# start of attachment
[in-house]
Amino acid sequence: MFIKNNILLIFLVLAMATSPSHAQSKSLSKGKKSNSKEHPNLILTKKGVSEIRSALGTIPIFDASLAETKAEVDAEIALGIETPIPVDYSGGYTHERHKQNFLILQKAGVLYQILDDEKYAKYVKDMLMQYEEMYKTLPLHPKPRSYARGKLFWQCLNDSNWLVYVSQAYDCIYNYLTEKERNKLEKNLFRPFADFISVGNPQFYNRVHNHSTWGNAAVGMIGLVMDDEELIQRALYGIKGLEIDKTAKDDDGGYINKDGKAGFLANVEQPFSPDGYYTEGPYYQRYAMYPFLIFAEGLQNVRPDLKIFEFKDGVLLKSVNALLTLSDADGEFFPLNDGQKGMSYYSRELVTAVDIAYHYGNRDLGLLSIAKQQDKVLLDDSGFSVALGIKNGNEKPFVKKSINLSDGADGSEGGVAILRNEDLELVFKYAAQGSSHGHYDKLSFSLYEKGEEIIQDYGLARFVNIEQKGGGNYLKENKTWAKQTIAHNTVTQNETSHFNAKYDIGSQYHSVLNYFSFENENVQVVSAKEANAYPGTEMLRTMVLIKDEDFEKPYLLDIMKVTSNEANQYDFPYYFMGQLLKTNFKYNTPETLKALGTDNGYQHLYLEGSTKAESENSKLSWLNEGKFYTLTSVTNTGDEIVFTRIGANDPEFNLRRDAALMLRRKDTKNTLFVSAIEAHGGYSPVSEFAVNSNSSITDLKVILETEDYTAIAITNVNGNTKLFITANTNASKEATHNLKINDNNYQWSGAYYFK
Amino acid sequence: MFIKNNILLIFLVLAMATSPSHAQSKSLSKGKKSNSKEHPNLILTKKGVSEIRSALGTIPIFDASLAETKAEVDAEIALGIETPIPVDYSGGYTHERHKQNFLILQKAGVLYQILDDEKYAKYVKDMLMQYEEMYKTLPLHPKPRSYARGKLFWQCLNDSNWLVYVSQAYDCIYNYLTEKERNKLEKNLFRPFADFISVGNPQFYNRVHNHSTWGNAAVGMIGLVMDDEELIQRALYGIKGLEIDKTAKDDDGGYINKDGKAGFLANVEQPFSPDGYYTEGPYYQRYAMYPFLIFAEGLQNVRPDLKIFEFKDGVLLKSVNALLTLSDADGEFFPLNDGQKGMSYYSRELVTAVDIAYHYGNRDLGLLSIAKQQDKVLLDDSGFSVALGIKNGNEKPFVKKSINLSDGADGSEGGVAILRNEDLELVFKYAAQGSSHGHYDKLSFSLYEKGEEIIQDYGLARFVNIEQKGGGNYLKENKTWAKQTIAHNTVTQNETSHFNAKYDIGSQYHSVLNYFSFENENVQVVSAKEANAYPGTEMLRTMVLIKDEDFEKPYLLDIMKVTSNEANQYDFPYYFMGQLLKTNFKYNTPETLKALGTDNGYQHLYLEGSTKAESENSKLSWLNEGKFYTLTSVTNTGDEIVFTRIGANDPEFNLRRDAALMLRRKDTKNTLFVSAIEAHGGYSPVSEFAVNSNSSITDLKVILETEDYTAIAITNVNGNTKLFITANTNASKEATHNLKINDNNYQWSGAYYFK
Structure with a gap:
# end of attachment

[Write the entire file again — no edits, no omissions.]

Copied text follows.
[in-house]
Amino acid sequence: MFIKNNILLIFLVLAMATSPSHAQSKSLSKGKKSNSKEHPNLILTKKGVSEIRSALGTIPIFDASLAETKAEVDAEIALGIETPIPVDYSGGYTHERHKQNFLILQKAGVLYQILDDEKYAKYVKDMLMQYEEMYKTLPLHPKPRSYARGKLFWQCLNDSNWLVYVSQAYDCIYNYLTEKERNKLEKNLFRPFADFISVGNPQFYNRVHNHSTWGNAAVGMIGLVMDDEELIQRALYGIKGLEIDKTAKDDDGGYINKDGKAGFLANVEQPFSPDGYYTEGPYYQRYAMYPFLIFAEGLQNVRPDLKIFEFKDGVLLKSVNALLTLSDADGEFFPLNDGQKGMSYYSRELVTAVDIAYHYGNRDLGLLSIAKQQDKVLLDDSGFSVALGIKNGNEKPFVKKSINLSDGADGSEGGVAILRNEDLELVFKYAAQGSSHGHYDKLSFSLYEKGEEIIQDYGLARFVNIEQKGGGNYLKENKTWAKQTIAHNTVTQNETSHFNAKYDIGSQYHSVLNYFSFENENVQVVSAKEANAYPGTEMLRTMVLIKDEDFEKPYLLDIMKVTSNEANQYDFPYYFMGQLLKTNFKYNTPETLKALGTDNGYQHLYLEGSTKAESENSKLSWLNEGKFYTLTSVTNTGDEIVFTRIGANDPEFNLRRDAALMLRRKDTKNTLFVSAIEAHGGYSPVSEFAVNSNSSITDLKVILETEDYTAIAITNVNGNTKLFITANTNASKEATHNLKINDNNYQWSGAYYFK
Amino acid sequence: MFIKNNILLIFLVLAMATSPSHAQSKSLSKGKKSNSKEHPNLILTKKGVSEIRSALGTIPIFDASLAETKAEVDAEIALGIETPIPVDYSGGYTHERHKQNFLILQKAGVLYQILDDEKYAKYVKDMLMQYEEMYKTLPLHPKPRSYARGKLFWQCLNDSNWLVYVSQAYDCIYNYLTEKERNKLEKNLFRPFADFISVGNPQFYNRVHNHSTWGNAAVGMIGLVMDDEELIQRALYGIKGLEIDKTAKDDDGGYINKDGKAGFLANVEQPFSPDGYYTEGPYYQRYAMYPFLIFAEGLQNVRPDLKIFEFKDGVLLKSVNALLTLSDADGEFFPLNDGQKGMSYYSRELVTAVDIAYHYGNRDLGLLSIAKQQDKVLLDDSGFSVALGIKNGNEKPFVKKSINLSDGADGSEGGVAILRNEDLELVFKYAAQGSSHGHYDKLSFSLYEKGEEIIQDYGLARFVNIEQKGGGNYLKENKTWAKQTIAHNTVTQNETSHFNAKYDIGSQYHSVLNYFSFENENVQVVSAKEANAYPGTEMLRTMVLIKDEDFEKPYLLDIMKVTSNEANQYDFPYYFMGQLLKTNFKYNTPETLKALGTDNGYQHLYLEGSTKAESENSKLSWLNEGKFYTLTSVTNTGDEIVFTRIGANDPEFNLRRDAALMLRRKDTKNTLFVSAIEAHGGYSPVSEFAVNSNSSITDLKVILETEDYTAIAITNVNGNTKLFITANTNASKEATHNLKINDNNYQWSGAYYFK
Structure with a gap: